Once the eggs hatch, the maggots start feeding on the cheese. That’s how you know the cheese is ready! While the outside is hard, the inside is more like a spread and has a very strong flavor. It’s eaten with the maggots still alive.
Fertilized Eggs — The Philippines
To make balut, fertilized eggs are boiled just before they’re supposed to hatch, so instead of yolk, they contain a fetus. The fetus is usually between 17 days and 21 days old depending on local preference.
Keep in mind, the longer you leave it, the more it starts to develop a beak, claws, bones, and feathers. Balut is often served from carts on the street.
Cow’s Head And Feet — Turkey
A khash dish is made of stewed cow’s feet and head. It used to be more popularly used as comfort food in places like the Middle East and Eastern Europe, but it has become more of a delicacy in Turkey today.
Jellied Moose Nose — Canada
Adventurous Canadians have experimented with cuisine, taking a moose nose and boiling it up. They then add onions and spices, remove the hair and boil it again.
The next step is to slice it and cover it with broth until it sets into a jelly. Then it’s ready.
Fermented Fish — Sweden
This fermented Baltic herring is called surstromming. It’s caught in spring before spawning and is then fermented for several months. They’re usually eaten with bread and boiled potatoes.
The cans are pressurized and continuously fermenting, so they have been banned on flights. Otherwise, they can explode like fireworks, plus they have a notoriously strong smell.
Black Pudding (Blood Sausage) — Africa
Although this dish is widely available in the Americas, Asia, and Europe, many still find it revolting.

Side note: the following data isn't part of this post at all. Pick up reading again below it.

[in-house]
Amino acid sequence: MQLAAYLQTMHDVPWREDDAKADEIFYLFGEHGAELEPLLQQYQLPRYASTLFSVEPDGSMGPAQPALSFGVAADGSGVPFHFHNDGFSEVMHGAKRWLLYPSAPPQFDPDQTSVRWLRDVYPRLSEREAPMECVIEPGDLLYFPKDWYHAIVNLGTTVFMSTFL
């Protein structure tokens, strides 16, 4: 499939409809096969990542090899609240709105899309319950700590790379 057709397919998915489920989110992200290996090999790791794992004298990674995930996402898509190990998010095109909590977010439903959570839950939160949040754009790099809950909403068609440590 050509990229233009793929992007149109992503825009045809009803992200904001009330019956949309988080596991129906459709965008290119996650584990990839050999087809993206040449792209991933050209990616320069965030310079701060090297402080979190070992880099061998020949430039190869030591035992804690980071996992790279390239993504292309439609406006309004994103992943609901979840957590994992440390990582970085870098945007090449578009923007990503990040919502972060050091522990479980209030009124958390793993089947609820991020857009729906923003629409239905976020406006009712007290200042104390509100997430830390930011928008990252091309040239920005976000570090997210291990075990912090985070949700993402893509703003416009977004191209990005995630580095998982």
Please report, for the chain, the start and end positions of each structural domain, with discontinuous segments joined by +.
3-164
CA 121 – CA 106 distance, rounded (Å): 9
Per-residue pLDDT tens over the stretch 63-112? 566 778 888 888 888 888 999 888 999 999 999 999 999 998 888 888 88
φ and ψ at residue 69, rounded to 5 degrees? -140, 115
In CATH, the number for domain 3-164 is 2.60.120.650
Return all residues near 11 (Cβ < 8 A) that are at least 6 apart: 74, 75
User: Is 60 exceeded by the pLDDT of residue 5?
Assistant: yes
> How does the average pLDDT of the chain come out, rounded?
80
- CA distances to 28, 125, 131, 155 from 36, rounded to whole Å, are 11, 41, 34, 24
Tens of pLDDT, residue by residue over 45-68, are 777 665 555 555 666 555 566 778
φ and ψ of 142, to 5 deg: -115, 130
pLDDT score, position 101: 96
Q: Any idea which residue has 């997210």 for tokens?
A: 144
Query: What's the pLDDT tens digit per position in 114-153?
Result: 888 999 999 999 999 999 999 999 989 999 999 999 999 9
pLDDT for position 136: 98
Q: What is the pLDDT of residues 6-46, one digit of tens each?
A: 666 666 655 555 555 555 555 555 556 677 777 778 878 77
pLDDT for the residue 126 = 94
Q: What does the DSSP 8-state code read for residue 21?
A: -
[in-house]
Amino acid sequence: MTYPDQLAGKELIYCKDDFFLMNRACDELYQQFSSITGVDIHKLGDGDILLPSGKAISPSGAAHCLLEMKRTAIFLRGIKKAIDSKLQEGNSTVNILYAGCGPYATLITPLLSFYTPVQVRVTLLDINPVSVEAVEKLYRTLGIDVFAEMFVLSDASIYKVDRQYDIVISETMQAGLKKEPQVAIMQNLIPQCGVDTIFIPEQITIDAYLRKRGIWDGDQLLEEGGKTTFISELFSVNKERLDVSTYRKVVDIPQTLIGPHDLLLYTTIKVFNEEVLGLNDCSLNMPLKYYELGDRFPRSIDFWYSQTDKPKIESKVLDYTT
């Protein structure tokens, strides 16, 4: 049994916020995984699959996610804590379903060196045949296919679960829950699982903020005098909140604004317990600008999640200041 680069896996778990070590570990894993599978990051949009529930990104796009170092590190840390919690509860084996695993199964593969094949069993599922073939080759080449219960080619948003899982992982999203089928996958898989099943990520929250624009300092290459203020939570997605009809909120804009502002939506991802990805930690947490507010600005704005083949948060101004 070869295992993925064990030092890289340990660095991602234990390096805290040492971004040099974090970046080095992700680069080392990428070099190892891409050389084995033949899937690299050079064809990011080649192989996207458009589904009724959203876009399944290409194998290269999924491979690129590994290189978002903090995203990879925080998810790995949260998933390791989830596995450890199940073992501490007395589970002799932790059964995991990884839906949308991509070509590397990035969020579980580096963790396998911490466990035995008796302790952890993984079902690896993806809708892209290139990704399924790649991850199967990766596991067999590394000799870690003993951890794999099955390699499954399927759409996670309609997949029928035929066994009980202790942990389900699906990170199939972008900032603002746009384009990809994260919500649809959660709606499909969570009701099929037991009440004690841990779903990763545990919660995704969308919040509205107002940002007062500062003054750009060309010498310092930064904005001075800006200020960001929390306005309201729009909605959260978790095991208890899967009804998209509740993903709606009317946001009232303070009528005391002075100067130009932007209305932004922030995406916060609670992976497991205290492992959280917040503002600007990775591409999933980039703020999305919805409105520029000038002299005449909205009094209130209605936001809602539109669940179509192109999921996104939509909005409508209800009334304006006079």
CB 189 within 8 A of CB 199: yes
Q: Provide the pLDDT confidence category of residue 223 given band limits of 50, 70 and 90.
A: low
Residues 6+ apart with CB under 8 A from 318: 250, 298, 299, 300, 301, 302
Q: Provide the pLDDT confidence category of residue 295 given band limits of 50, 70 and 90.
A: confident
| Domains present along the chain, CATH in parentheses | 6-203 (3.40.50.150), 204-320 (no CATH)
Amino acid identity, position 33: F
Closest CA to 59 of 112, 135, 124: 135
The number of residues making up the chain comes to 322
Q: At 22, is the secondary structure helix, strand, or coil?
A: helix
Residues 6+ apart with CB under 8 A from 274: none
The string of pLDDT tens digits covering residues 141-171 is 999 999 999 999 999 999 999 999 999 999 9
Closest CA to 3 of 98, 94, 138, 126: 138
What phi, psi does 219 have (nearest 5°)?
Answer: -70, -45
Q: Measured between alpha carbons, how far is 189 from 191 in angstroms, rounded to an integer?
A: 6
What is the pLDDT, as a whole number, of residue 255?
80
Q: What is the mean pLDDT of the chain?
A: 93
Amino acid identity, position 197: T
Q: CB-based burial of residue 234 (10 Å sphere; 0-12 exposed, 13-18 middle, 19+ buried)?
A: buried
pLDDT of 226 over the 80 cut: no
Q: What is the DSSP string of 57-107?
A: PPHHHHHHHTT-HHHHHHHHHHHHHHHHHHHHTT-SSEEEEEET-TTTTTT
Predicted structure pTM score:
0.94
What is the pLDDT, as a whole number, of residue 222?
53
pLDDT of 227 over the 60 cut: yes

It’s basically made of congealed blood that’s then cooked, flavored and thickened with ingredients like suet and breadcrumbs. Then it’s stuffed into sausage skins.
Frozen Whale Skin — Greenland
Whale skin and blubber (or muktuk) is a traditional Inuit meal. It’s served either raw or pickled.
It’s made of several layers. First, there’s the skin (that is said to taste like hazelnut), then the chewy fat, and last the protective layer in between (also very chewy).
Crocodile Meat Curry — Cambodia
You can easily sample this food, named amok, while walking the streets of Cambodia. It is basically a steamed banana leaf that holds a soupy and creamy curry with crocodile meat.
It’s not very spicy and the crocodile is said to taste a lot like chicken.
“Oysters” — Rocky Mountains
Although it is true that they can be found around the Rocky Mountains, and that they call them “oysters,” they’re actually bull-calf testicles. They peel them, flatten them, and then deep fry them.
Rotten Eggs — China
The special rotten eggs, known as century eggs, have been consumed since ancient times in China, and are still consumed today.
The eggs are covered in clay, ash, and salt and left for months. During that time, the yolk becomes dark green and begins to acquire a sulfurous odor before it’s ready to be consumed.
Fish That Stare At The Sky — England
This pie, named “stargazy pie,” is made with fish that literally stare at the sky. It originated in the village of Mousehole, England. The legend says a heroic sailor in the 16th century took a rowboat out in high storms on a night in December. He wanted to catch enough fish to feed the starving people of his village.
The dish is now served on Tom Bawcock’s Eve (December 23).